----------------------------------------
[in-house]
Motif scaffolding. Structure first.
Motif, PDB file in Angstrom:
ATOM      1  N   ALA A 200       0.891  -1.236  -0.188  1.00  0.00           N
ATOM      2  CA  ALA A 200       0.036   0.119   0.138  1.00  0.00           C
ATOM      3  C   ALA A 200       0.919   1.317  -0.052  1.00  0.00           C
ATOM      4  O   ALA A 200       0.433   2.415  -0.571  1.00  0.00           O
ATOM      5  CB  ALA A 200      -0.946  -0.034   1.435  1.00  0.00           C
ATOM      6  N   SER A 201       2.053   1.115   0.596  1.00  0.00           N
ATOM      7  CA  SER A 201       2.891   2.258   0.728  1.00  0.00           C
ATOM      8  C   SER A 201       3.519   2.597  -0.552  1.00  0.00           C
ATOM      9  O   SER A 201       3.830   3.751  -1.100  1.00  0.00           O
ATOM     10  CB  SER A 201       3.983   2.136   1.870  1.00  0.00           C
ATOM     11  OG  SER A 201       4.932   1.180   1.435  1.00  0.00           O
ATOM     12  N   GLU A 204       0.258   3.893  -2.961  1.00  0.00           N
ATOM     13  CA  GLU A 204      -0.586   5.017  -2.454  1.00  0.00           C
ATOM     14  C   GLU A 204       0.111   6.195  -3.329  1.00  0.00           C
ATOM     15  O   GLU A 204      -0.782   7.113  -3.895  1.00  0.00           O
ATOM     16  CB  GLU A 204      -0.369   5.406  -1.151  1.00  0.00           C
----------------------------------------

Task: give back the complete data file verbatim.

[in-house]
Motif scaffolding. Structure first.
Motif, PDB file in Angstrom:
ATOM      1  N   ALA A 200       0.891  -1.236  -0.188  1.00  0.00           N
ATOM      2  CA  ALA A 200       0.036   0.119   0.138  1.00  0.00           C
ATOM      3  C   ALA A 200       0.919   1.317  -0.052  1.00  0.00           C
ATOM      4  O   ALA A 200       0.433   2.415  -0.571  1.00  0.00           O
ATOM      5  CB  ALA A 200      -0.946  -0.034   1.435  1.00  0.00           C
ATOM      6  N   SER A 201       2.053   1.115   0.596  1.00  0.00           N
ATOM      7  CA  SER A 201       2.891   2.258   0.728  1.00  0.00           C
ATOM      8  C   SER A 201       3.519   2.597  -0.552  1.00  0.00           C
ATOM      9  O   SER A 201       3.830   3.751  -1.100  1.00  0.00           O
ATOM     10  CB  SER A 201       3.983   2.136   1.870  1.00  0.00           C
ATOM     11  OG  SER A 201       4.932   1.180   1.435  1.00  0.00           O
ATOM     12  N   GLU A 204       0.258   3.893  -2.961  1.00  0.00           N
ATOM     13  CA  GLU A 204      -0.586   5.017  -2.454  1.00  0.00           C
ATOM     14  C   GLU A 204       0.111   6.195  -3.329  1.00  0.00           C
ATOM     15  O   GLU A 204      -0.782   7.113  -3.895  1.00  0.00           O
ATOM     16  CB  GLU A 204      -0.369   5.406  -1.151  1.00  0.00           C